Internet Applauds Company Paying Employees to Take Afternoon Naps

Sleeping on the job is normally frowned upon, but one company is encouraging it, and the internet is applauding the idea.

Wakefit, a sleep-based company headquartered in India that makes mattresses and pillows, announced Wednesday that employees would be provided a daily afternoon block strictly devoted to naps. This comes as a study found that as many as 70 million Americans suffer from chronic sleep disorders and wakefulness.

In email correspondence from Wakefit co-founder Chaitanya Ramalingegowda to employees, with the email subject line of "Announcing Your 'Right to Nap,'" he said the company has been in the sleep business for over six years "yet failed to do justice to a crucial aspect of rest: the afternoon nap."

We have always taken naps seriously, but starting today, we will be taking things up a notch.
Wakefit co-founder Chaitanya Ramalingegowda

Employees will be able to take naps daily between 2 p.m. and 2:30 p.m. He said work calendars will reflect the change and that no work needs to be done during this half-hour.

"We have always taken naps seriously, but starting today, we will be taking things up a notch," Ramalingegowda said.

Nap at work
A company based in India is now offering employees daily napping blocks that require zero work and allow the workplace to recharge. iStock/Getty Images

His email said that research shows that afternoon naps help with memory, concentration, creativity and productivity. He cited a NASA study that found that pilots who slept in the cockpit for 26 minutes showed alertness improvements of up to 54 percent, in addition to a 34-percent increase in job performance, compared to pilots who did not snooze.

Ramalingegowda also mentioned a study conducted by researchers at Harvard University and Harvard Medical School, which involved participants performing visual perception tasks in four 60-minute sessions.

Some participants were allowed to take naps between 30 and 60 minutes following the second session. It was discovered that participants who took 30-minute naps maintained an identical performance level throughout all four sessions, while those who napped for 60 minutes had a more exemplary consistent performance.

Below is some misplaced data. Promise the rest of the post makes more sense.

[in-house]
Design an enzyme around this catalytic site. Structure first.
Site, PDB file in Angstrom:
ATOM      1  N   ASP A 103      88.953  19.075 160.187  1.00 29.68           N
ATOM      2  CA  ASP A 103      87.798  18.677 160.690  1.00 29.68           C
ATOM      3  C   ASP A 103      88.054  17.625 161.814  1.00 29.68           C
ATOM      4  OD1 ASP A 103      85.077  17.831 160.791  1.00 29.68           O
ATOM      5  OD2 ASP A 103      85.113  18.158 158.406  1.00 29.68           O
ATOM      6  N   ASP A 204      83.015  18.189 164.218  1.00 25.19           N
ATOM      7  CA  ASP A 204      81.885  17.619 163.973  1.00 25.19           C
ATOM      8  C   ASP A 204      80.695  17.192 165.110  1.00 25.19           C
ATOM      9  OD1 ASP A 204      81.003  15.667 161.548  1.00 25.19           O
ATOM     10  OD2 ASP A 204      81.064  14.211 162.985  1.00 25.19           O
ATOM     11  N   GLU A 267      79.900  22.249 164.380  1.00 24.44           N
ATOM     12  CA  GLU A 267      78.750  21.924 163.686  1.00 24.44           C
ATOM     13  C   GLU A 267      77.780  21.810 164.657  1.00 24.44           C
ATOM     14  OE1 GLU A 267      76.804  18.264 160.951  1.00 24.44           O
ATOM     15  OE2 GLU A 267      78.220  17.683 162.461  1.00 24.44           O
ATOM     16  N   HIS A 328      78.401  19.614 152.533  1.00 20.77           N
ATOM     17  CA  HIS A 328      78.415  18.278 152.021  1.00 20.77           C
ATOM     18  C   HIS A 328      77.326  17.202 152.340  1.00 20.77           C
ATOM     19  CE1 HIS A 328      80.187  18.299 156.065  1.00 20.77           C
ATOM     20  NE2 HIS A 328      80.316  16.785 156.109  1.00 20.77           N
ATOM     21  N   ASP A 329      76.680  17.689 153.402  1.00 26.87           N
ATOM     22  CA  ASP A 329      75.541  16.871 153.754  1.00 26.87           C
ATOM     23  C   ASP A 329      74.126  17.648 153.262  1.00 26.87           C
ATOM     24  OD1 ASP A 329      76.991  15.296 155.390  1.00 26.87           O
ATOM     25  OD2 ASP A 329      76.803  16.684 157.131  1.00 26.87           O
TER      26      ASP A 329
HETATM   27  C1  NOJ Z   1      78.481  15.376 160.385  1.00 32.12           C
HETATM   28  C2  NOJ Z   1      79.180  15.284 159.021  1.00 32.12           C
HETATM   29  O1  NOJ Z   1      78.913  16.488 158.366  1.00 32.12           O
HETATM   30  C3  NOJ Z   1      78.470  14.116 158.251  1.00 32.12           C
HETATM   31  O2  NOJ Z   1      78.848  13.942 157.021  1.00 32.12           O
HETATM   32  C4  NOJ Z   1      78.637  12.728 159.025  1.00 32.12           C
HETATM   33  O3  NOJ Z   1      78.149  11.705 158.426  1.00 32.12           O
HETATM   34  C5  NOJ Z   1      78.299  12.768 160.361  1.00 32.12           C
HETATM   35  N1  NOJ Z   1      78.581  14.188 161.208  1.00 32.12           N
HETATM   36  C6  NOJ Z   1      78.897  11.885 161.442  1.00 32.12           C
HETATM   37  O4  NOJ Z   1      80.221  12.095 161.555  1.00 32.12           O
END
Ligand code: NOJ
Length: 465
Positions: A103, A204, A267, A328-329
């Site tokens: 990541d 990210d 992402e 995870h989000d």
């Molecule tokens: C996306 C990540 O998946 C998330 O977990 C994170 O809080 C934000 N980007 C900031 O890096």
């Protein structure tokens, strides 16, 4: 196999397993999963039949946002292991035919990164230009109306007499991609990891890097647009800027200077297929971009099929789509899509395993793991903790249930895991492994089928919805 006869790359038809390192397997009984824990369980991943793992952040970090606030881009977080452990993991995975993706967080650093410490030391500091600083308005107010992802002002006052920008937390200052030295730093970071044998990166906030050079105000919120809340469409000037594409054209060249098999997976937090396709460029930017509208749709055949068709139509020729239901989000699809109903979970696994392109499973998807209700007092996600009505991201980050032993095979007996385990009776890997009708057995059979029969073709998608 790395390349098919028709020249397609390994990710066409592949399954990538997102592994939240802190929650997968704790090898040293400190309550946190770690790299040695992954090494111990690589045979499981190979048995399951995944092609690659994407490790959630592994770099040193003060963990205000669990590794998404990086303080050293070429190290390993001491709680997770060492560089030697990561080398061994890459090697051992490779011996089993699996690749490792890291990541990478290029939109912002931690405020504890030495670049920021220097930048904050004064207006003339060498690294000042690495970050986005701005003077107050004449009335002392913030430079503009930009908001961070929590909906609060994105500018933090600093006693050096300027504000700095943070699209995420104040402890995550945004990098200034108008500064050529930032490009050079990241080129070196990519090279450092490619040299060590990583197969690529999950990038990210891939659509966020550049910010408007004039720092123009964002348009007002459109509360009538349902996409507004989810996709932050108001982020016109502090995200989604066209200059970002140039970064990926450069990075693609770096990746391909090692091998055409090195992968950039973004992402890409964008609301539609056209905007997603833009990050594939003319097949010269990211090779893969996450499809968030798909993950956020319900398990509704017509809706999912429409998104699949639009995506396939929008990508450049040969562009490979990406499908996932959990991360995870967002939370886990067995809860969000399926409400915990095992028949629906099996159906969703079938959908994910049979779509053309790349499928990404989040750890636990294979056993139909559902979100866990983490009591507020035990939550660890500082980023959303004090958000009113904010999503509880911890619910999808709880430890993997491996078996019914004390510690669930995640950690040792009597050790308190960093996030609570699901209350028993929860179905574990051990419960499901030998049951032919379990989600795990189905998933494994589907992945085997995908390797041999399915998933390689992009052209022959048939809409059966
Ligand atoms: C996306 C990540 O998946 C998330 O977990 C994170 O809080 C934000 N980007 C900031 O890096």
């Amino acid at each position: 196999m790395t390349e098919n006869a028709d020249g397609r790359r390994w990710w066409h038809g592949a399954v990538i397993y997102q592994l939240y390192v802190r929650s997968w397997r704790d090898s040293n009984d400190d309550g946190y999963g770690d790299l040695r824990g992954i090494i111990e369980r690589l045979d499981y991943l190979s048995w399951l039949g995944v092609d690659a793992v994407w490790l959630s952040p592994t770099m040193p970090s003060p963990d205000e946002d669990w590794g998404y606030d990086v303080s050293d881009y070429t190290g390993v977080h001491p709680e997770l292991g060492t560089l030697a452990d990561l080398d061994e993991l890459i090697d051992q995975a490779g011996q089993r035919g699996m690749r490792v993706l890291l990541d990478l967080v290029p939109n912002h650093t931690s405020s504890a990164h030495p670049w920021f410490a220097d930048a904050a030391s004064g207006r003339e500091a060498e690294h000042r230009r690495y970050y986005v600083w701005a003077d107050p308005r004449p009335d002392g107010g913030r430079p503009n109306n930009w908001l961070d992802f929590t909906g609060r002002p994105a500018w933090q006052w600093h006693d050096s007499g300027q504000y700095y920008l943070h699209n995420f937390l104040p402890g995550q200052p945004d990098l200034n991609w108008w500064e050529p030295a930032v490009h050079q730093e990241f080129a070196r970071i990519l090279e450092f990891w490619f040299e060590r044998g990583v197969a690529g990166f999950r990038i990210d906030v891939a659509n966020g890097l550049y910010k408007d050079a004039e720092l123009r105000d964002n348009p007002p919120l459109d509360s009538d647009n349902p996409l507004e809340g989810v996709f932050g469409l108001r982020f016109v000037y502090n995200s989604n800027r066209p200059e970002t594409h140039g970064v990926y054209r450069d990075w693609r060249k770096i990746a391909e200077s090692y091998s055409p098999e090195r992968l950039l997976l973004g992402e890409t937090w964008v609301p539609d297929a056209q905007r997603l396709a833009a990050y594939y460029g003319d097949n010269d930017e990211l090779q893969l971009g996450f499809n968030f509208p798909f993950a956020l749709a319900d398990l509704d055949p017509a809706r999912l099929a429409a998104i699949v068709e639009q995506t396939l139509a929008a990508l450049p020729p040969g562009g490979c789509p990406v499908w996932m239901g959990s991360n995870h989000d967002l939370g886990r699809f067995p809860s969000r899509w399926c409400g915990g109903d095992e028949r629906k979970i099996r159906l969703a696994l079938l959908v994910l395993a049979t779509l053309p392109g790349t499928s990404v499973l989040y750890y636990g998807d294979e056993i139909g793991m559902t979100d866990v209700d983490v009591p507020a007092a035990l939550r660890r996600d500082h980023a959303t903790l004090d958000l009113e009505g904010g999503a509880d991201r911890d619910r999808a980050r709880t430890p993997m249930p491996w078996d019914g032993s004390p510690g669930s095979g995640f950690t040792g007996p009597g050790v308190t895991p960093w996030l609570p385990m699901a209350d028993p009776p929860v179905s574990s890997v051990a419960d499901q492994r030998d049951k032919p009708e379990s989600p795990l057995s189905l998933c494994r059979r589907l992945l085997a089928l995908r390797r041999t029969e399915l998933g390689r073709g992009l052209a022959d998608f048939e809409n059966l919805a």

Ramalingegowda told Newsweek that afternoon naps were considered "taboo" in pre-pandemic times. But when workers had to stay indoors, some for as long as two years, the culture changed.

"The blurred boundaries between work and leisure allowed employees the flexibility to take afternoon naps between calls or meetings and rejuvenate themselves amidst their work schedules," he said.

Wakefit's new daily sleep regimen comes almost one full year after the company advocated for weekend naps to help reduce fatigue, increase awareness and alertness, enhance mood, and improve memory and work performance.

Ramalingegowda's email was posted on LinkedIn by Prateek Malpani, head of brand at Wakefit. It was "liked" almost 12,800 times.

"Hahaha! What just happened," Malpani posted. "Quite truly walking the talk. This is for REAL. We just announced official nap time. I can proudly say I am getting paid to sleep at work!"

We just announced official nap time. I can proudly say I am getting paid to sleep at work!
Prateek Malpani, head of brand at Wakefit

He provided an update to his post with a photo of his work schedule, with the specified 2 p.m.-2:30 p.m. time blocked out for "official nap time."

The email sent to Wakefit emails was also posted on Reddit's "Anti-Work" forum, where it has been upvoted over 25,000 times. The thread was titled, "Companies need to treat employees like real people."

"My office has nap rooms and massage chairs, and those really help," one Redditor said. "When I am stuck doing some CAD for hours on end, a 10 minute nap will totally restart you, and those massage chairs do wonders after you've been on your feet running some experiments in the lab for half a day."

Some Reddit users were skeptical, however, both at the Wakefit policy and whether someone from the company posted the notice on the website. However, as one poster said, the policy is more important than the cynicism.

"This employer is definitely leveraging this policy in order to look better," that poster said. "But on the other hand, instituting nap times is a step in the right direction, no matter how the company brags about it."

Society has progressed in the sleep-at-work realm since the days of George Costanza sneaking in naps under his desk in Seinfeld.

Google, Facebook, Ben & Jerry's, Cisco, Zappos and Uber are some of the companies that not only allow but encourage employee naps, according to Sleep.org. Google has become notorious for installing private rooms with pods for comfort, while Uber's San Francisco headquarters features a living room space, kitchenette and focus rooms that double as nap rooms.

In 2019, Wakefit made headlines when it hired "sleep interns" to test out its sleep aid products, paying each intern over $1,400 for nine hours per night for 100 nights. Interns were reportedly provided with a mattress and fitness tracker by the company.

Wakefit has over 1,500 employees and Ramalingegowda said he has received "an overwhelming response" from them, which has taken him and other higher-ups by surprise. He said the policy has aided employees who, for example, have to wake even earlier than usual to board public transit.

"Since the announcement of the policy, we have noticed that our employees have taken social media by storm and have become our strongest advocates," he said. "This greatly encourages us to continue our efforts in making employee welfare a priority."

If a nap sounds good about now, these meditation teachers say these sleep meditation exercises can help you get quality sleep.